Bipolar 2 From Inside and Out

I’ve been taking Abilify as an add-on to my other psychotropics for about six months now, and I have some pieces of good news to share.

Good news #1: The generic (aripiprazole) is now available! There was a slight delay between the time the FDA gave approval for the generic (April) and the time it went on sale. But now it has arrived in drugstores. (I understand that the same company makes both the brand name and the generic, which strikes me as goofy, but then what do I know about drug marketing?)

Good news #2: Between my insurance and my pharmacy, I now have to pay only $15/month for the generic. The brand-name Abilify was $800 without insurance and $125 with. My insurance is not cheap, though it is still less than the cost of brand-name Abilify. When you add in all my other prescriptions and doctor visits and tests and such – plus all my husband’s drugs and other medical expenses, the insurance suddenly doesn’t seem so pricey. (I got this insurance through the Affordable Care Act, and I hope the Supreme Court doesn’t screw it up for me.)

Good news #3: Despite my tiny dosage (2 mg.) I have noticed significant effects. After six months on the drug, I have more energy, better focus and concentration, and fewer down/useless days (unless I overdo and run out of spoons). (See if you don’t know what I mean by that.)

I’ve been doing major housecleaning/sorting, going out – actually outside the house – to run errands other than my shrink appointments, and I even went to a party – a reunion of people I used to work with. I wore my new skirt, navigated the social milieu successfully, and stayed an hour and a half. (The next day was one of my no-spoons days, though.)

This is only the third time in my life that I’ve noticed a significant effect from taking a new prescription. The first was Prozac (fluoxetine), which felt like looking at a color television after years of black-and-white. With static. Showing only commercials. The second was Lamictal (lamotrigine), which felt like a switch flipping and turning on my ability to think rationally. And now there’s Abilify.

Whatever side effects I may have, I’m willing to live with. (Unless I get the tardive dyskinesia. That would be a deal-breaker.) This feels like real living and I’m happy about it. I don’t think this is hypomania, either. I think I’m supposed to feel this way. I’m going to run with it.

Of course this isn’t the end of bipolar disorder for me, or the end of this blog. I still have plenty to say about my experiences with bipolar depression, mental health in general, and particularly mental health in the media and society.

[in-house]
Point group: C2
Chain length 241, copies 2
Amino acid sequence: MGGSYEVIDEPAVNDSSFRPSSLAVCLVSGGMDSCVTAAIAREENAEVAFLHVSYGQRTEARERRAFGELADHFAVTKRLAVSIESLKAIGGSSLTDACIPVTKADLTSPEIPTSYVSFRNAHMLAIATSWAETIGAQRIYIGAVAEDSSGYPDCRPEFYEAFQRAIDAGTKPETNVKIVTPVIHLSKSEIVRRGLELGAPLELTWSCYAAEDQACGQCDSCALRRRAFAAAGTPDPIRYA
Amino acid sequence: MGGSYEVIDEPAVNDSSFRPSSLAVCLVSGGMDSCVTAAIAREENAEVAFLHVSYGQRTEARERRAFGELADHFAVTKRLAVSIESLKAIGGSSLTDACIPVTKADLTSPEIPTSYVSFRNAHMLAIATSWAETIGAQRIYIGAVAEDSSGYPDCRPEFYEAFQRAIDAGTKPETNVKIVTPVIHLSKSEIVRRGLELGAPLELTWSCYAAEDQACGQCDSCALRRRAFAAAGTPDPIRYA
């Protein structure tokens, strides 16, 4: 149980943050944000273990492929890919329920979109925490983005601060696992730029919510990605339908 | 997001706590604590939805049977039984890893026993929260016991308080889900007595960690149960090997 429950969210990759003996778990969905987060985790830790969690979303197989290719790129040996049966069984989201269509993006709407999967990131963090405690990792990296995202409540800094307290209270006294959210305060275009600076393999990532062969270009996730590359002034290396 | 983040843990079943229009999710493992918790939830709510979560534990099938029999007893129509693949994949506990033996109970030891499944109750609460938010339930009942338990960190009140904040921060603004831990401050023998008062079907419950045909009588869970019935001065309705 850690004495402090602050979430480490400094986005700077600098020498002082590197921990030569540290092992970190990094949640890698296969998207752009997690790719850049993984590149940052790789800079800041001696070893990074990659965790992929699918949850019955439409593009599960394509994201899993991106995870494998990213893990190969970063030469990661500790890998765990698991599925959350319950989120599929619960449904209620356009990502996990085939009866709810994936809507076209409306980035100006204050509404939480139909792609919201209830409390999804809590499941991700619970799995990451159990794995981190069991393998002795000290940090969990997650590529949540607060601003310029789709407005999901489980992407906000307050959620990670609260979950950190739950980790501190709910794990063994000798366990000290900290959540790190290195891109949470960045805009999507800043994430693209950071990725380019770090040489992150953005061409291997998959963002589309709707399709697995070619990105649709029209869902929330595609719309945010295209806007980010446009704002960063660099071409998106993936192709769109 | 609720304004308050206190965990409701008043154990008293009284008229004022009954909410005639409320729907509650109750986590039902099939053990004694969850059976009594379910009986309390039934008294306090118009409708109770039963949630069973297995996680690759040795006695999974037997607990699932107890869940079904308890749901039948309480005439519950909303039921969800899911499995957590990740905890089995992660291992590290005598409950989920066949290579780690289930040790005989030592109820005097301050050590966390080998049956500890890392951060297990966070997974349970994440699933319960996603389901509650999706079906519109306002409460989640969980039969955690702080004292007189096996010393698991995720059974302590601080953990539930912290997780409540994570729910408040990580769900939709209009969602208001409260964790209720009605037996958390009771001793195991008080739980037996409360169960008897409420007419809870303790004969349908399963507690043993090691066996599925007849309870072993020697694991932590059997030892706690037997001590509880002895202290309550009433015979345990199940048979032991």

Sorry if I sound sappy, but it’s good to be alive and functioning!

Comments on: "Abilify: The Next Chapter" (6)

  1. Bipolarbrainiac said:

    Hi ‘Me,’ I’m Allison and I have Tardive Dyskinesia after taking antipsychotics for ten years at very high doses. I think it was the Geodon. I have good news. There are only 200k US cases and most of them are easily resolved with Cogentin, Artane or Parsittan. These meds give me alcoholic type blackouts so I wasn’t that lucky. I went three years without symptom relief and finally googled a neuro who had been doing research on a rarely used atypical antipsychotic called Clozaril and that drug is so sedative that a small dose (100 mg) stops the thrashing. So I’m good and I think you are doing the right thing! I did go through a lot of discrimination and abuse in my search. More good news for you: even though Abilify is causal, and I’ve met a bumper crop of new abilify people in my boat, your dosage is so low, your odds of getting it are nil. Good luck to you. Keep up the good work.


  2. Bipolarbrainiac said:

    oh, my gosh….your’e the same lady that’s on Abilify! I just saw another study for TD. They are getting there in terms of a cure…and if you ever want the link to the NAMI article on prevention and symptom management and dealing with professional stigma (one lady at Cleveland took one look at me, snapped my file shut and said, “Psychosomatic.”) unbelievable. I wish I’d had the strength to write to that hallowed institution about the cute, young woman who did that to me.


    • I have a friend who unfortunately has psychogenic nonepileptic seizures (PNES). When she had the diagnosis confirmed, she heard it to mean “psychosomatic” and didn’t follow up. I hate that word.


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